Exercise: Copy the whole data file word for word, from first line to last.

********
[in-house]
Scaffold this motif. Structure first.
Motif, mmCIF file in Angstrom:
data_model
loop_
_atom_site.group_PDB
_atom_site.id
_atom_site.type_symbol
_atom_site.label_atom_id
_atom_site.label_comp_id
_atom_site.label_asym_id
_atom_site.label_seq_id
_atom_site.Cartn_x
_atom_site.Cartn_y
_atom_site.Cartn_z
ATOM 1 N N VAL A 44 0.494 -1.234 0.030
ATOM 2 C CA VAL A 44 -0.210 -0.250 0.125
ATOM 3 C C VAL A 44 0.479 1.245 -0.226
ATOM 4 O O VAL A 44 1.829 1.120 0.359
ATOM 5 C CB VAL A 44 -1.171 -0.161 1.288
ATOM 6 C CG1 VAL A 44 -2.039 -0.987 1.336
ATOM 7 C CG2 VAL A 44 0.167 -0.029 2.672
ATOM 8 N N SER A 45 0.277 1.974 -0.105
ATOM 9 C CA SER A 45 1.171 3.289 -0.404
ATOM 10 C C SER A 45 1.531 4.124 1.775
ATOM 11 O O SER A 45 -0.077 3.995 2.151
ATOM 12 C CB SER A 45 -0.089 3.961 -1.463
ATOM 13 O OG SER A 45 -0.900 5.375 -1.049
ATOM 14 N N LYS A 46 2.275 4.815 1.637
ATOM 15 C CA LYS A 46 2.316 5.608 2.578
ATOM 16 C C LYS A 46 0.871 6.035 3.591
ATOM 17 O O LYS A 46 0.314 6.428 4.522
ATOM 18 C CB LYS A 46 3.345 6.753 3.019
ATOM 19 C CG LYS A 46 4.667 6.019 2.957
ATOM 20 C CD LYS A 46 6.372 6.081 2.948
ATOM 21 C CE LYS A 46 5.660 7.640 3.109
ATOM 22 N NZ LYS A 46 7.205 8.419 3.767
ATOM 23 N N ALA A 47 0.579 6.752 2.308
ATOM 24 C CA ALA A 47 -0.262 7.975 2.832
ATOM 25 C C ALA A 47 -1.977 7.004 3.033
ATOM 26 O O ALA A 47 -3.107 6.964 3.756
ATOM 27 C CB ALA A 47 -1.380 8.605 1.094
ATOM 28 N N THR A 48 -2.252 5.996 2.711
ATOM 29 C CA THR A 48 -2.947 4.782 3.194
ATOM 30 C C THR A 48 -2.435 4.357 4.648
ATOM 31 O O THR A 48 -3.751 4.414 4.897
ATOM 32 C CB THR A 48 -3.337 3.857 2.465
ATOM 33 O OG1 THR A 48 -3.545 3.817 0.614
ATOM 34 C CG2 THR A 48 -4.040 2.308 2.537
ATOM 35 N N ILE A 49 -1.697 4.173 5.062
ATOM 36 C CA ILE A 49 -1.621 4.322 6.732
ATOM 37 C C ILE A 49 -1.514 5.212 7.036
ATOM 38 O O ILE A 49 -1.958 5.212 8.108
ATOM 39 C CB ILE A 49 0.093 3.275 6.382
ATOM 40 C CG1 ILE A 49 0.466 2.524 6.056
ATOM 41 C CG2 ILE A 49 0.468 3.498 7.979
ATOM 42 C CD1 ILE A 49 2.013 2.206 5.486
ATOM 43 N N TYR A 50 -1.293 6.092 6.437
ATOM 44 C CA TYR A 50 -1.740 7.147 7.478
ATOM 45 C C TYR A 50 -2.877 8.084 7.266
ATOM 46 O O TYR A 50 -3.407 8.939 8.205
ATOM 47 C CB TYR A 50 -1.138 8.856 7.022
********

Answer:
[in-house]
Scaffold this motif. Structure first.
Motif, mmCIF file in Angstrom:
data_model
loop_
_atom_site.group_PDB
_atom_site.id
_atom_site.type_symbol
_atom_site.label_atom_id
_atom_site.label_comp_id
_atom_site.label_asym_id
_atom_site.label_seq_id
_atom_site.Cartn_x
_atom_site.Cartn_y
_atom_site.Cartn_z
ATOM 1 N N VAL A 44 0.494 -1.234 0.030
ATOM 2 C CA VAL A 44 -0.210 -0.250 0.125
ATOM 3 C C VAL A 44 0.479 1.245 -0.226
ATOM 4 O O VAL A 44 1.829 1.120 0.359
ATOM 5 C CB VAL A 44 -1.171 -0.161 1.288
ATOM 6 C CG1 VAL A 44 -2.039 -0.987 1.336
ATOM 7 C CG2 VAL A 44 0.167 -0.029 2.672
ATOM 8 N N SER A 45 0.277 1.974 -0.105
ATOM 9 C CA SER A 45 1.171 3.289 -0.404
ATOM 10 C C SER A 45 1.531 4.124 1.775
ATOM 11 O O SER A 45 -0.077 3.995 2.151
ATOM 12 C CB SER A 45 -0.089 3.961 -1.463
ATOM 13 O OG SER A 45 -0.900 5.375 -1.049
ATOM 14 N N LYS A 46 2.275 4.815 1.637
ATOM 15 C CA LYS A 46 2.316 5.608 2.578
ATOM 16 C C LYS A 46 0.871 6.035 3.591
ATOM 17 O O LYS A 46 0.314 6.428 4.522
ATOM 18 C CB LYS A 46 3.345 6.753 3.019
ATOM 19 C CG LYS A 46 4.667 6.019 2.957
ATOM 20 C CD LYS A 46 6.372 6.081 2.948
ATOM 21 C CE LYS A 46 5.660 7.640 3.109
ATOM 22 N NZ LYS A 46 7.205 8.419 3.767
ATOM 23 N N ALA A 47 0.579 6.752 2.308
ATOM 24 C CA ALA A 47 -0.262 7.975 2.832
ATOM 25 C C ALA A 47 -1.977 7.004 3.033
ATOM 26 O O ALA A 47 -3.107 6.964 3.756
ATOM 27 C CB ALA A 47 -1.380 8.605 1.094
ATOM 28 N N THR A 48 -2.252 5.996 2.711
ATOM 29 C CA THR A 48 -2.947 4.782 3.194
ATOM 30 C C THR A 48 -2.435 4.357 4.648
ATOM 31 O O THR A 48 -3.751 4.414 4.897
ATOM 32 C CB THR A 48 -3.337 3.857 2.465
ATOM 33 O OG1 THR A 48 -3.545 3.817 0.614
ATOM 34 C CG2 THR A 48 -4.040 2.308 2.537
ATOM 35 N N ILE A 49 -1.697 4.173 5.062
ATOM 36 C CA ILE A 49 -1.621 4.322 6.732
ATOM 37 C C ILE A 49 -1.514 5.212 7.036
ATOM 38 O O ILE A 49 -1.958 5.212 8.108
ATOM 39 C CB ILE A 49 0.093 3.275 6.382
ATOM 40 C CG1 ILE A 49 0.466 2.524 6.056
ATOM 41 C CG2 ILE A 49 0.468 3.498 7.979
ATOM 42 C CD1 ILE A 49 2.013 2.206 5.486
ATOM 43 N N TYR A 50 -1.293 6.092 6.437
ATOM 44 C CA TYR A 50 -1.740 7.147 7.478
ATOM 45 C C TYR A 50 -2.877 8.084 7.266
ATOM 46 O O TYR A 50 -3.407 8.939 8.205
ATOM 47 C CB TYR A 50 -1.138 8.856 7.022